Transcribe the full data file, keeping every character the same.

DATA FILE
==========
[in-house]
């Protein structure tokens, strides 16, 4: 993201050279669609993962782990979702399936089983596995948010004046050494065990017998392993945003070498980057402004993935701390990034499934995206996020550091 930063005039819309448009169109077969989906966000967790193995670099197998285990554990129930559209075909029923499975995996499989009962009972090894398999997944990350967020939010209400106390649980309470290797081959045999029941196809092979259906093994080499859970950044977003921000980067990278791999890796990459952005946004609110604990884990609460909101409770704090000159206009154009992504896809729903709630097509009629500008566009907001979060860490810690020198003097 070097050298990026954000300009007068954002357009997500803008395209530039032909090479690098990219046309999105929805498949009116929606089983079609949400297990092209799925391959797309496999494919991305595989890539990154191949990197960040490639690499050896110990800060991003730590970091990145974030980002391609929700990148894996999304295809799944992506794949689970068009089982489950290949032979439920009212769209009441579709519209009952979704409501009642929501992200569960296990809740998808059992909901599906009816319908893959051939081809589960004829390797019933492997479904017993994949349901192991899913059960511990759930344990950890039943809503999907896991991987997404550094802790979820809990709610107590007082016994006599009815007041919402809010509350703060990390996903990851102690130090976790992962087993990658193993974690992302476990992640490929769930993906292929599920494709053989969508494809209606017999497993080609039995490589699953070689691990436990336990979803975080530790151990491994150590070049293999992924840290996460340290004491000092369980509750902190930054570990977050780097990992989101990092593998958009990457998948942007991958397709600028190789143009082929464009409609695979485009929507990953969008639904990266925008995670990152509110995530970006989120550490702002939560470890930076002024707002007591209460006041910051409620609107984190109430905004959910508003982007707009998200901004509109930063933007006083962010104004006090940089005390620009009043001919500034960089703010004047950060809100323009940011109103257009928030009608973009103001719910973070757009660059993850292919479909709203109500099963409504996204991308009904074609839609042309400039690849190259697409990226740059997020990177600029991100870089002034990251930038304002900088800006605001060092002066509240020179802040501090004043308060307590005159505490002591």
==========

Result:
[in-house]
């Protein structure tokens, strides 16, 4: 993201050279669609993962782990979702399936089983596995948010004046050494065990017998392993945003070498980057402004993935701390990034499934995206996020550091 930063005039819309448009169109077969989906966000967790193995670099197998285990554990129930559209075909029923499975995996499989009962009972090894398999997944990350967020939010209400106390649980309470290797081959045999029941196809092979259906093994080499859970950044977003921000980067990278791999890796990459952005946004609110604990884990609460909101409770704090000159206009154009992504896809729903709630097509009629500008566009907001979060860490810690020198003097 070097050298990026954000300009007068954002357009997500803008395209530039032909090479690098990219046309999105929805498949009116929606089983079609949400297990092209799925391959797309496999494919991305595989890539990154191949990197960040490639690499050896110990800060991003730590970091990145974030980002391609929700990148894996999304295809799944992506794949689970068009089982489950290949032979439920009212769209009441579709519209009952979704409501009642929501992200569960296990809740998808059992909901599906009816319908893959051939081809589960004829390797019933492997479904017993994949349901192991899913059960511990759930344990950890039943809503999907896991991987997404550094802790979820809990709610107590007082016994006599009815007041919402809010509350703060990390996903990851102690130090976790992962087993990658193993974690992302476990992640490929769930993906292929599920494709053989969508494809209606017999497993080609039995490589699953070689691990436990336990979803975080530790151990491994150590070049293999992924840290996460340290004491000092369980509750902190930054570990977050780097990992989101990092593998958009990457998948942007991958397709600028190789143009082929464009409609695979485009929507990953969008639904990266925008995670990152509110995530970006989120550490702002939560470890930076002024707002007591209460006041910051409620609107984190109430905004959910508003982007707009998200901004509109930063933007006083962010104004006090940089005390620009009043001919500034960089703010004047950060809100323009940011109103257009928030009608973009103001719910973070757009660059993850292919479909709203109500099963409504996204991308009904074609839609042309400039690849190259697409990226740059997020990177600029991100870089002034990251930038304002900088800006605001060092002066509240020179802040501090004043308060307590005159505490002591």